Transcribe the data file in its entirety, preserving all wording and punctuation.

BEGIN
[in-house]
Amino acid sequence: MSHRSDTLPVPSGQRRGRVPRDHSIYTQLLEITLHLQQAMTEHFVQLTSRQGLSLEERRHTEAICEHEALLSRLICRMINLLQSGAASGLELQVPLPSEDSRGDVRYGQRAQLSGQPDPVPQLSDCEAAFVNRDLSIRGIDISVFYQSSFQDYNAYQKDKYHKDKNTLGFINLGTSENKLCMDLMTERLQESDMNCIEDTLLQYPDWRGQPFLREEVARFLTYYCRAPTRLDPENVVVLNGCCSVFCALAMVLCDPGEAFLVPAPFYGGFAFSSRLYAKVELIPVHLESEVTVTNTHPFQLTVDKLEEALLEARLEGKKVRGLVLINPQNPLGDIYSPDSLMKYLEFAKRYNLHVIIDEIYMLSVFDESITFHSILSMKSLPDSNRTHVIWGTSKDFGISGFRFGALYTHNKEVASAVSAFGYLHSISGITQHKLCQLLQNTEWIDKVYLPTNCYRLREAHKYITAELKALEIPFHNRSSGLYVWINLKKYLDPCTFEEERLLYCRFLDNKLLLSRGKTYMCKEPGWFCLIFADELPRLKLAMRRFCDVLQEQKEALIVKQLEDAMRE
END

[in-house]
Amino acid sequence: MSHRSDTLPVPSGQRRGRVPRDHSIYTQLLEITLHLQQAMTEHFVQLTSRQGLSLEERRHTEAICEHEALLSRLICRMINLLQSGAASGLELQVPLPSEDSRGDVRYGQRAQLSGQPDPVPQLSDCEAAFVNRDLSIRGIDISVFYQSSFQDYNAYQKDKYHKDKNTLGFINLGTSENKLCMDLMTERLQESDMNCIEDTLLQYPDWRGQPFLREEVARFLTYYCRAPTRLDPENVVVLNGCCSVFCALAMVLCDPGEAFLVPAPFYGGFAFSSRLYAKVELIPVHLESEVTVTNTHPFQLTVDKLEEALLEARLEGKKVRGLVLINPQNPLGDIYSPDSLMKYLEFAKRYNLHVIIDEIYMLSVFDESITFHSILSMKSLPDSNRTHVIWGTSKDFGISGFRFGALYTHNKEVASAVSAFGYLHSISGITQHKLCQLLQNTEWIDKVYLPTNCYRLREAHKYITAELKALEIPFHNRSSGLYVWINLKKYLDPCTFEEERLLYCRFLDNKLLLSRGKTYMCKEPGWFCLIFADELPRLKLAMRRFCDVLQEQKEALIVKQLEDAMRE